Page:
And friends, resurrection is happening all around us. The change from death into life is happening all around us, as God works transformation in the depths of the human heart. When an alcoholic go into recovery, that’s resurrection. When unhealthy relationships are healed, that’s resurrection. When a community rallies to meet the needs of its families, that’s resurrection. When a person is changed from self-centered living to God-centered living, that’s resurrection.

And everything that has happened, is happening, and will happen here at Blackburn’s Chapel is resurrection. I remember when retired Bishop Lawrence McCleskey said, “A church can believe its best days are behind them, or they can believe their best days are ahead of them. In either case, they’ll be right.” This congregation chooses to believe that our best days are still ahead of us. God is working and moving here. The sense of God’s presence is so palpable that we have no choice but to believe that God is doing a new thing right here in our midst, that God is, in the words of Charles Wesley, changing us “from glory into glory.”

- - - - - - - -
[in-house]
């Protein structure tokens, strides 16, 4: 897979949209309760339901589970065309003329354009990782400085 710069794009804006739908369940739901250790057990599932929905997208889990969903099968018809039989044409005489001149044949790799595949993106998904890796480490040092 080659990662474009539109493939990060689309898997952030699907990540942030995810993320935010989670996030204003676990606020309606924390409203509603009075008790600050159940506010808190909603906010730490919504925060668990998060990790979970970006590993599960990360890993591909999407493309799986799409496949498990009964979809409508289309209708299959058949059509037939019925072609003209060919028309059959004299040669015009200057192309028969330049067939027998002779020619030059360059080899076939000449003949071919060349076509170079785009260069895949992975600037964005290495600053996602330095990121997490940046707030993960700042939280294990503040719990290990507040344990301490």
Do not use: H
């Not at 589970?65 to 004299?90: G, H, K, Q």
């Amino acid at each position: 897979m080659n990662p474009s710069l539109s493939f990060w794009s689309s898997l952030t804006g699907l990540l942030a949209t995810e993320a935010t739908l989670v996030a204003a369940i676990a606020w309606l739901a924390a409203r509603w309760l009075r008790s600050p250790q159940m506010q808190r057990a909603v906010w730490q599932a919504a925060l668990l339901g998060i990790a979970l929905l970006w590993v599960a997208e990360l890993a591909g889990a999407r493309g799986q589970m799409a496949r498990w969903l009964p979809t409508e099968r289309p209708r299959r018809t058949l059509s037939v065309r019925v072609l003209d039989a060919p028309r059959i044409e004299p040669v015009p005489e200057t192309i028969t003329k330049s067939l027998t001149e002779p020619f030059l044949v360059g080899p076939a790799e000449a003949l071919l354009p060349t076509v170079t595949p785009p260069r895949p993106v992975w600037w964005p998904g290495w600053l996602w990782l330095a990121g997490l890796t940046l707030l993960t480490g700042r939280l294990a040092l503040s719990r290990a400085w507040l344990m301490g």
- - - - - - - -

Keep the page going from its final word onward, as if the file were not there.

Friends, we believe that our best days as a congregation are still in front of us. That’s resurrection! Easter is not just a day or a season that shows up on the calendar and then disappears. Easter is a lifestyle. We are Easter people! We are resurrection people! Easter happens when lives are transformed, when the things of God graft themselves into the core of our being and we find ourselves alive with the newness of God’s presence. Easter is not a one-time occurrence, it is something that happens over and over again. The early Christians recognized this. They worshipped every Sunday expecting the things of the world to die, and for God to show up and transform the world. Every time we gather, I hope we gather with an expectation that God is in our midst, that God still inserts hope into what seems hopeless to us, and that God still transforms the world.

It’s what we have each shown up looking for today. We are looking for an encounter with the risen Christ, and we expect to be changed because of it. In today’s text, Jesus encounters Mary outside the tomb, and she mistakenly believes he’s the gardener. He asks why she is weeping and who she is looking for. She was looking for Jesus, but she had no idea she would meet the risen Jesus. Her tears of mourning were transformed into tears of joy, and my hopeful expectation is that will happen for each of us.

But it doesn’t stop there. The good news that Jesus is risen was good news on that first Easter Sunday, and it continues to be good news today. And while it’s certainly good news for us as individuals and as a congregation, it isn’t only for us. It was and remains good news for the entire world.